In the memo, Karine Moses, senior vice president of content development and news, said Melling “has decided to leave from his current role effective immediately to spend time with his family.”
“His decision reflects our shared desire to support the newsroom and do what’s best to help the team move past the current circumstances to focus on delivering the stories that matter to Canadians,” the memo read.
Following the internal memo, Mirko Bibic, President and Chief Executive Officer of BCE and Bell Canada, released a statement online indicating Melling’s leave wasn’t voluntary.
“Michael is on leave effective immediately, pending the outcome of the workplace review that is proceeding,” he said.
“To address concerns raised regarding the working environment in the newsroom we have begun an independent review involving confidential interviews with all newsroom employees who choose to participate. Any necessary changes that become evident will be implemented swiftly to ensure a respectful, unified workplace.”
Melling, the former general manager of CTV News Toronto, CP24 and BNN Bloomberg, joined Bell Media in 2003.
The news comes just weeks after LaFlamme, the long-time anchor of CTV National News, announced she would be leaving the network. Bell Media said at the time the move was a “business decision.”
Moses said Richard Grey, who is currently the regional general manager of the network’s eastern region, will step in as acting VP of news.
“Working with Richard, we will keep the team updated on next steps as we move forward,” she said.
“I want to thank everyone for your ongoing focus over the past two weeks to deliver the important stories Canadians rely on from this strong team.”
LaFlamme said she was “blindsided” when she saw her contract end after 35 years.
Though announced on Aug. 15, she was informed of the move on June 29.
In a video on social media, LaFlamme thanked viewers and colleagues for their “unwavering support,” acknowledging it would likely be her official sign-off from CTV.
Moses, who announced Melling’s leave, previously said LaFlamme rejected the opportunity to say goodbye on air.
“At 58, I still thought I’d have a lot more time to tell more of the stories that impact our daily lives,” she said in the video.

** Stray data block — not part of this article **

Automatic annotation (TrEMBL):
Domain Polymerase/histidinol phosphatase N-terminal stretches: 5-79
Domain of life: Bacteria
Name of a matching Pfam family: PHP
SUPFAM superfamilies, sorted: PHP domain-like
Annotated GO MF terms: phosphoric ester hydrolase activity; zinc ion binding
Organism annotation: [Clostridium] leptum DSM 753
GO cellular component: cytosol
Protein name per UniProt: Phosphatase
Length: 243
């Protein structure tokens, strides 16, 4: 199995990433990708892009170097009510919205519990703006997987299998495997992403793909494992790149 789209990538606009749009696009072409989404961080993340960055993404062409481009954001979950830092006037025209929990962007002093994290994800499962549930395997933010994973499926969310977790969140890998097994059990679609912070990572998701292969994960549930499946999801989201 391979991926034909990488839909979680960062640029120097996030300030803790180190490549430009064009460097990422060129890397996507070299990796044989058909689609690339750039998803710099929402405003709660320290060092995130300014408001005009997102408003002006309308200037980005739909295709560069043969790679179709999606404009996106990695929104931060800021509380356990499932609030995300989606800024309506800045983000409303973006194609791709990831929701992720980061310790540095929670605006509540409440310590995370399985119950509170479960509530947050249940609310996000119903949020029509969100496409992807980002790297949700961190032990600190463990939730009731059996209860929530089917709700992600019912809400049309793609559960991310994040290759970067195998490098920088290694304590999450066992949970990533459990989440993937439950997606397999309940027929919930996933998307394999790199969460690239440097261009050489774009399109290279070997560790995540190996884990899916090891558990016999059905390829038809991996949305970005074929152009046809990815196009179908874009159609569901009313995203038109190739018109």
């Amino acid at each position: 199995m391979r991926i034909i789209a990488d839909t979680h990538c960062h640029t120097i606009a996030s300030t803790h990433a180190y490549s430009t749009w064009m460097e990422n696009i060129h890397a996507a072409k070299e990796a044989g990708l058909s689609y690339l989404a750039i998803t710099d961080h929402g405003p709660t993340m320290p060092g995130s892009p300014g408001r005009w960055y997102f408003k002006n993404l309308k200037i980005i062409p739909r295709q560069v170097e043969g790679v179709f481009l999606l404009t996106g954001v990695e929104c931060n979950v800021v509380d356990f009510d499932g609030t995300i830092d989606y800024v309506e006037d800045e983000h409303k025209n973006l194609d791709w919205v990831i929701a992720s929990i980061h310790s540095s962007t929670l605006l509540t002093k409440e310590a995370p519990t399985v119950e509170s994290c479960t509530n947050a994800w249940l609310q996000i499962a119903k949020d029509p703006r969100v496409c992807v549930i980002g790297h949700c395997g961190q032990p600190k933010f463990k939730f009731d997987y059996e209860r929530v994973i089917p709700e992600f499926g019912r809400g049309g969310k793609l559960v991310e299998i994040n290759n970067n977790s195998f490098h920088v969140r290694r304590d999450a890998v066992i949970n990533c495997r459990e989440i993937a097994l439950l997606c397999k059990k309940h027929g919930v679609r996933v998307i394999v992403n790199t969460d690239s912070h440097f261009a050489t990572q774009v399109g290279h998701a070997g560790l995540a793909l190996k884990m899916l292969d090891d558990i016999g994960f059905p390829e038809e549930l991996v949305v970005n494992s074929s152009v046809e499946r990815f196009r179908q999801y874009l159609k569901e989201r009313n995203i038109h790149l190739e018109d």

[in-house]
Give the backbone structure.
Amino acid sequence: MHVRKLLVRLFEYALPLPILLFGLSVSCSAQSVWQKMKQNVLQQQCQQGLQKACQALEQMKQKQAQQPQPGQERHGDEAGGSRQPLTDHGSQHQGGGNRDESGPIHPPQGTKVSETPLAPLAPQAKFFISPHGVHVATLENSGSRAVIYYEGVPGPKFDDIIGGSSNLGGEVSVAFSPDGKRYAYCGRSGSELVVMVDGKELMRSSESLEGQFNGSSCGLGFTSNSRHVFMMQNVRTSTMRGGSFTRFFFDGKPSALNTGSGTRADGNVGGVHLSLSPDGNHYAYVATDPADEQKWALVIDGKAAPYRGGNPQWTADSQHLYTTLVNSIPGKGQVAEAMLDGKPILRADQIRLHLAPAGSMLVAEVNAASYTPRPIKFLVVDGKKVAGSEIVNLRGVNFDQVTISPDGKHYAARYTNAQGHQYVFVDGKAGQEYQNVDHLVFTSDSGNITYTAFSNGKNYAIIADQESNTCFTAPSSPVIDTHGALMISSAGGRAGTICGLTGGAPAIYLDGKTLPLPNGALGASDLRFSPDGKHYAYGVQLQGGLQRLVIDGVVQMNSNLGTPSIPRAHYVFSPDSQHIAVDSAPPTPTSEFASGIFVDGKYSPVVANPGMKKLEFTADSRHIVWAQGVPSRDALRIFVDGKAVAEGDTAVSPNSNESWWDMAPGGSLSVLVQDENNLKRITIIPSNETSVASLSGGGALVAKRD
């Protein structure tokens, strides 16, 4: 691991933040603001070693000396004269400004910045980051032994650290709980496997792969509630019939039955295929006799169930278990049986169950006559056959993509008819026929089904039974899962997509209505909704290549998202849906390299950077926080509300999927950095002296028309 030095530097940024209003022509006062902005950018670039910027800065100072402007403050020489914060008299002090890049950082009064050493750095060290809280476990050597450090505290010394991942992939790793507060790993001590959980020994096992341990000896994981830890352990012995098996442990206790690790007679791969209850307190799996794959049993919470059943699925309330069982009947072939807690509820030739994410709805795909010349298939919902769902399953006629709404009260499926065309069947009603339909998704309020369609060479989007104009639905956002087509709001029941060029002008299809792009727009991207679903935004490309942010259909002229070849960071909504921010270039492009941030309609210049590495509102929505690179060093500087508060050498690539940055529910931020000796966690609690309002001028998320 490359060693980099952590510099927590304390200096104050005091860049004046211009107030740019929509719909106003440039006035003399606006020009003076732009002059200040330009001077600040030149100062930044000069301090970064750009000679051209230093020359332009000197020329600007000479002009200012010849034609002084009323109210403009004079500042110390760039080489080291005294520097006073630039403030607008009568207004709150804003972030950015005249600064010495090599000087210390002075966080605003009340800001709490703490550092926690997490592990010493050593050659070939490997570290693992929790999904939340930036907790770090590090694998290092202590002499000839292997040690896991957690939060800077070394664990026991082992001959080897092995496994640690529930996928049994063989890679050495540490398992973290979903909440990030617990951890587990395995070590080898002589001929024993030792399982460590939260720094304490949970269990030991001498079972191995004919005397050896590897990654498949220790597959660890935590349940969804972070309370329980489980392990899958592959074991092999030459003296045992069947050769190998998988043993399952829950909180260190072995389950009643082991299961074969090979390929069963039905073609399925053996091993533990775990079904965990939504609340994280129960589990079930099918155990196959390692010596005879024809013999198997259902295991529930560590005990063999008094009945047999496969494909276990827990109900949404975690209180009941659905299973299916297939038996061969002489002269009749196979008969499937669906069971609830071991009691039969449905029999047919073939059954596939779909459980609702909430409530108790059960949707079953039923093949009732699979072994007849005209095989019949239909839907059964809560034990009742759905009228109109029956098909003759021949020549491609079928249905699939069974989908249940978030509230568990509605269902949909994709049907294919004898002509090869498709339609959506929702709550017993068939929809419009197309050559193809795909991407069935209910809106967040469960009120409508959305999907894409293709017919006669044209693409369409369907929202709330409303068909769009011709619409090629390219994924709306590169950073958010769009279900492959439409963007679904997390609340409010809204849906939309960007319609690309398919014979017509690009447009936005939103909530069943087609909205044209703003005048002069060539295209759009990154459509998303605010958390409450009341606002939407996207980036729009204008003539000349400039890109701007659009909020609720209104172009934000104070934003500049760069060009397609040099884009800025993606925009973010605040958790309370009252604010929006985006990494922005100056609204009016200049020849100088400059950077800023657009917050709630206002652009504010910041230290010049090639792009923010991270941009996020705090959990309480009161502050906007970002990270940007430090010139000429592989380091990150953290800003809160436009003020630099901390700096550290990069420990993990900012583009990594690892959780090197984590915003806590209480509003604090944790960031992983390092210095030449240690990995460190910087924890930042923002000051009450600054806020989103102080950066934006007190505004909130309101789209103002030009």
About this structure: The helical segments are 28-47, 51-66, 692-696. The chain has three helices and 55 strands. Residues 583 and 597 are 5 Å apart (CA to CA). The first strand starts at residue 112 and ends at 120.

“Instead, I leave CTV humbled by the people who put their faith in me to tell their story.”
Bibic also commented on LaFlamme’s departure in his statement saying “there is certainly no denying that Lisa LaFlamme has made an important contribution to Canadian news for three decades.”
“The narrative has been that Lisa’s age, gender or grey hair played into the decision. I am satisfied that this is not the case and wanted to make sure you heard it from me,” Bibic’s statement read.
“While I would like to say more on the Bell Media decision, we are bound by a mutual separation agreement negotiated with Lisa, which we will continue to honour.”
Bibic said broadcasting in Canada is changing, noting “Bell Media needs to adapt or be left behind.”
“In an environment of declining ratings and global online platforms, we can’t keep relying on traditional broadcasting,” he said. “While some may resist change, it is necessary and we need to confront this.”
Bell Media has said Omar Sachedina will replace LaFlamme. He will move into the role on Sept. 5.
He joined the network in 2009 and is currently the CTV News national affairs correspondent.
Amid criticism following LaFlamme’s exit, Bell Media announced it would launch a workplace review conducted by an independent party in the coming weeks.
On Aug. 19, the company said it “regrets” the way it handled LaFlamme’s departure, in a statement, noting it “may have left viewers with the wrong impression.”
“In a news organization, making a change at the anchor desk is always a difficult decision. We knew that many viewers and members of the CTV family would be disappointed that Lisa LaFlamme would be leaving her position,” Bell Media’s statement said.
The dismissal has since raised questions among those who observe the media about whether sexism and ageism were involved.
Companies including Wendy’s have taken to social media to show support for LaFlamme.
The fast-food chain changed its profile picture on its Canadian Twitter account, switching its mascot grey hair instead of the usual bright red.
Bell Media said it takes allegations of discrimination “very seriously.”
Last week, Melling told staff he had no intentions of speaking publicly or participating in media interviews about the recent events, saying anonymous sources have been spreading information that was “said without context or manipulated.”
— With files from Global News’ Hannah Jackson & The Canadian Press